Identifying Quality Digital Resources for Early Learning
4.5.12 | Specialized e-books, apps and tablets marketed toward young children are ubiquitous staples in toy stores, and it can be difficult to determine the difference between an effective learning tool and the gratuitous use of digital technology to entertain a child.
To help parents and educators sort through the choices, the Fred Rogers Center unveiled its new early learning environment, called Ele, to catalog digital resources that support early learning and development in children from birth to age 5.
As the site explains: “When it comes to finding high quality media for children to use or to provide guidance and support for the adults in their lives, there seem to be an overwhelming number of options. Ele brings together many of the best free trusted materials from around the web, including videos, games, e-books, music and other interactive tools. Ele also provides a platform to connect and discuss with others who care about issues affecting young children.”
The portal includes three main sections: Activities, Let’s Talk and My Ele, a free account system that allows users to organize the site’s resources around their own needs and create unique “Play!Lists” that can be shared with fellow users.
The Activities portion serves as a digital library of over 100 games, videos, apps and e-books that reinforce positive learning and literacy development. Ele’s Let’s Talk is an online community where educators and family members can discuss developmentally appropriate uses of media and related issues affecting young children.
Wired Magazine’s Geek Dad expert Daniel Donahoo was impressed with the new tool, calling it “one of the best quality resources on digital media literacy for young children that I have seen.”
Donahoo also reiterates the importance of parent-and-child interaction, in addition to using the right technological tools. He wrote: “How do we foster our children to be open, to be questioning and engaging with the world in a way that is exploratory and full of wonder? […] We can give them a love of knowledge and language and improve their vocabulary by reading them books when they are still in the cradle. We can not shut them down when they begin to ask “why?”, but encourage them to keep asking “why?” every single day. We can count with them, and take them outside when they are 18 months old and show them the stars and the universe and get them thinking about what might be beyond, and then beyond that. We can do so much.”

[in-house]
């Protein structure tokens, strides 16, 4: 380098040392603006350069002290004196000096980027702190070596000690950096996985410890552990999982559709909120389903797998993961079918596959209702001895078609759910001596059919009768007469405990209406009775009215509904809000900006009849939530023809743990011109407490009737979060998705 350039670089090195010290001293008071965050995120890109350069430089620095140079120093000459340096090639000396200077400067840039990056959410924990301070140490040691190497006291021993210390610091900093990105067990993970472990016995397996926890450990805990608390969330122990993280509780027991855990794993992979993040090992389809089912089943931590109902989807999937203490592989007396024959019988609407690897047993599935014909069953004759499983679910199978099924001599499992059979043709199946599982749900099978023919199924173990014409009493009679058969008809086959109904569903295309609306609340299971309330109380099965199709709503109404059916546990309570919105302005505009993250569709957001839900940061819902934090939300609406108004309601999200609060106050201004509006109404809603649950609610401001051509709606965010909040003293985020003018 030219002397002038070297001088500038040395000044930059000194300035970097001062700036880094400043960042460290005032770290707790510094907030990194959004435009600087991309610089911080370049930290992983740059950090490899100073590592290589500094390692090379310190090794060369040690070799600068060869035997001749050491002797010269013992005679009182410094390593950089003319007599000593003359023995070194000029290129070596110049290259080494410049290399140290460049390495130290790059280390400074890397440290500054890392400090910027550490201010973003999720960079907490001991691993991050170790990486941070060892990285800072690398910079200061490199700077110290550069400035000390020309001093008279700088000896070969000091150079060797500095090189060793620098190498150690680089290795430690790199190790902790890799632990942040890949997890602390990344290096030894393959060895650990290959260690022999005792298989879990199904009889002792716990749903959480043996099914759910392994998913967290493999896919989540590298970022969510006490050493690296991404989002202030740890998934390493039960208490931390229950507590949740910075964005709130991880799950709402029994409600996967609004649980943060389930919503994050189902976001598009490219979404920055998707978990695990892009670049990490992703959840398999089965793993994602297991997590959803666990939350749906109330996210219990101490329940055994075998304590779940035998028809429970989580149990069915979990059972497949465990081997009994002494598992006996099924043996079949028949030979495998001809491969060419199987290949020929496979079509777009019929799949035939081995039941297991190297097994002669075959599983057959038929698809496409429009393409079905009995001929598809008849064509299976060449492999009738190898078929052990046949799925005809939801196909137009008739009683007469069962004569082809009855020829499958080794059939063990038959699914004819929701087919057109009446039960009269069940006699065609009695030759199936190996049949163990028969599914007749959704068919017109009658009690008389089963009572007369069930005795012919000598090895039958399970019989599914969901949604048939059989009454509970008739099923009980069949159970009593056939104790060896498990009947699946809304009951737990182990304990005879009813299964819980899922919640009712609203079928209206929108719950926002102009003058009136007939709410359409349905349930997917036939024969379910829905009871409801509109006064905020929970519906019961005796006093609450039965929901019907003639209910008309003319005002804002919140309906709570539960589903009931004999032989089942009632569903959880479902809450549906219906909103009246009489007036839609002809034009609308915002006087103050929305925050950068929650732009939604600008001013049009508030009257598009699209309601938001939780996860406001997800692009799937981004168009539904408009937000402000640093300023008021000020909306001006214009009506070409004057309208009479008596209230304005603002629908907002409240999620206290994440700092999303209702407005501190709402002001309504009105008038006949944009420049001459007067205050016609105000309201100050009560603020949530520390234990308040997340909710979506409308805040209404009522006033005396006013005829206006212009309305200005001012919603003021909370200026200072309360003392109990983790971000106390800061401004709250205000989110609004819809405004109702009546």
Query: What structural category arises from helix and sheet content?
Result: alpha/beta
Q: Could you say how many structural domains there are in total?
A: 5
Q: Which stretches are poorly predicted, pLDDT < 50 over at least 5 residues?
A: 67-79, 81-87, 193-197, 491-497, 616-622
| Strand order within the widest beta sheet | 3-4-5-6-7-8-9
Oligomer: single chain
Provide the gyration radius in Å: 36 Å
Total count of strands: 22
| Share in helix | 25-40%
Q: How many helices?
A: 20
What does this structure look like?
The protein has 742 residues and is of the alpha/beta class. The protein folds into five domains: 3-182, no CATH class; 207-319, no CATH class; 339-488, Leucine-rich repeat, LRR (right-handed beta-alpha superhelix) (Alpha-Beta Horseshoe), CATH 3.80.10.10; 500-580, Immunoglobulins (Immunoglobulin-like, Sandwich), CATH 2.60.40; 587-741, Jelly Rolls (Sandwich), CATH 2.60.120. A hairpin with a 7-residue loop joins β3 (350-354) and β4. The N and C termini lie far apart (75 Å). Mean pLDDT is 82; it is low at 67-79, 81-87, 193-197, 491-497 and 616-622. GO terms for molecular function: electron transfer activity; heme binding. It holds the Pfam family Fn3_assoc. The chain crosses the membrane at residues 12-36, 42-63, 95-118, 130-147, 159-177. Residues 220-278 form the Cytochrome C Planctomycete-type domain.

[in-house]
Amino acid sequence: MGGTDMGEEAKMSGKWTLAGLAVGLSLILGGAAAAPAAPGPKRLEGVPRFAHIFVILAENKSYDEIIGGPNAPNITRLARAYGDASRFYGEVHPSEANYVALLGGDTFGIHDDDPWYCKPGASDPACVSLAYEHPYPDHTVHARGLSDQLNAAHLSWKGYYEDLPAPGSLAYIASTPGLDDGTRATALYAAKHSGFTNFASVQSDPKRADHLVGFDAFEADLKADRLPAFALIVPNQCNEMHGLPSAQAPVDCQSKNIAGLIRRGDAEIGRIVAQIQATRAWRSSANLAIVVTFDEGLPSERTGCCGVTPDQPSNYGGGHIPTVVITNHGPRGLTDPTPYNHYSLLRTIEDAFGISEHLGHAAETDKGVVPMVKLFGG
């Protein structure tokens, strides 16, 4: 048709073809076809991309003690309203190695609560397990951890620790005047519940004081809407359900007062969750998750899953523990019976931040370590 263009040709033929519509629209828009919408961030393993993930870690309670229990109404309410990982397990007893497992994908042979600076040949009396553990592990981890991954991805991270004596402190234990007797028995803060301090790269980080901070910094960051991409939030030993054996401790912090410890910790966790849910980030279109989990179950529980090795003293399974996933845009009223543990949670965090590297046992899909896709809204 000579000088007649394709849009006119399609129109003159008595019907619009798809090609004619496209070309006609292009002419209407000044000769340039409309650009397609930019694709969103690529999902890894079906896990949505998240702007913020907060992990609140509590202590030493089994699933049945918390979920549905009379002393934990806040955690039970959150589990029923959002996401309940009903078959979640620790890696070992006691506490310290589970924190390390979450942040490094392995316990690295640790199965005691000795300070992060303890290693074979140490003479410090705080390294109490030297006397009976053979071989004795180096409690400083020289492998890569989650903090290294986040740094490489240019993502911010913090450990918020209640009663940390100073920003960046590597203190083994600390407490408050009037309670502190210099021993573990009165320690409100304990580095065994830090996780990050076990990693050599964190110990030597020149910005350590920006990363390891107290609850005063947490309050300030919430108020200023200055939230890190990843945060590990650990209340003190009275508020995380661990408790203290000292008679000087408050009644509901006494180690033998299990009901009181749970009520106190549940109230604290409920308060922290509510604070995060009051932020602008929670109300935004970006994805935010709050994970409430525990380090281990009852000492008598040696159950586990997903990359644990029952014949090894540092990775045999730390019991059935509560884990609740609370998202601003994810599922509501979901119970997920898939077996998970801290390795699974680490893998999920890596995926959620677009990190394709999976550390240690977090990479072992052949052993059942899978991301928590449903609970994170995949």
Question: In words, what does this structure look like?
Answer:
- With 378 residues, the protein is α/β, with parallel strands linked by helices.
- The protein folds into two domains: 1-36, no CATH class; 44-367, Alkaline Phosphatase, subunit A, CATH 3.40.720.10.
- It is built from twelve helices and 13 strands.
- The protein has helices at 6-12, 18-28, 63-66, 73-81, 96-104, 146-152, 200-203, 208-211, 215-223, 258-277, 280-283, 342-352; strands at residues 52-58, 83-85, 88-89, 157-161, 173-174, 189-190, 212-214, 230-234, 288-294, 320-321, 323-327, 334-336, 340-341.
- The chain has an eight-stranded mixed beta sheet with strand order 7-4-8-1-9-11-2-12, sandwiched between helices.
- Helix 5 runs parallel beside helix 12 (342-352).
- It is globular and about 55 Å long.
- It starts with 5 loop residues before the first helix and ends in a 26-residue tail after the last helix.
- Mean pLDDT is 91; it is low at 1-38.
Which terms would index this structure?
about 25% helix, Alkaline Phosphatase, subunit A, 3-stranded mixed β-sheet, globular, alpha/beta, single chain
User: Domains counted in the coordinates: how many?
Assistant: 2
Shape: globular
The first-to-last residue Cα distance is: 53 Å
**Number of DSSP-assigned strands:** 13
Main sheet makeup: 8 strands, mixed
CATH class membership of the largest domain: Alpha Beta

Gabrielle Strouse, an e-book expert and assistant professor at Vanderbilt University, supported this idea in a recent interview with The New York Times.
“The most important thing is sitting and talking with your children,” said Strouse. “Whether you’re reading a book, whether you’re reading an e-book, whether you’re watching a video. Co-interacting, co-viewing, is the best way for them to learn.”
We are seeing some evidence that parents expect the e-books to do it all and are stepping back from the engagement with their children.
– Lisa Guernsey, New America Foundation
New York Times writer Thomas Fitzgerald debated the use of e-readers and iPads in the classroom and said that it will take years before we can truly understand the benefits or setbacks of learning to read from a screen.
Lisa Guernsey, director of the Early Education Initiative at the New America Foundation, said that spontaneous interaction, such as conversations about how the story relates to the child’s own life or open-ended questions about what happened, changes with e-books and is sometimes lost altogether.
“We are seeing some evidence that parents expect the e-books to do it all and are stepping back from the engagement with their children,” she said.
Check out Ele for yourself here.
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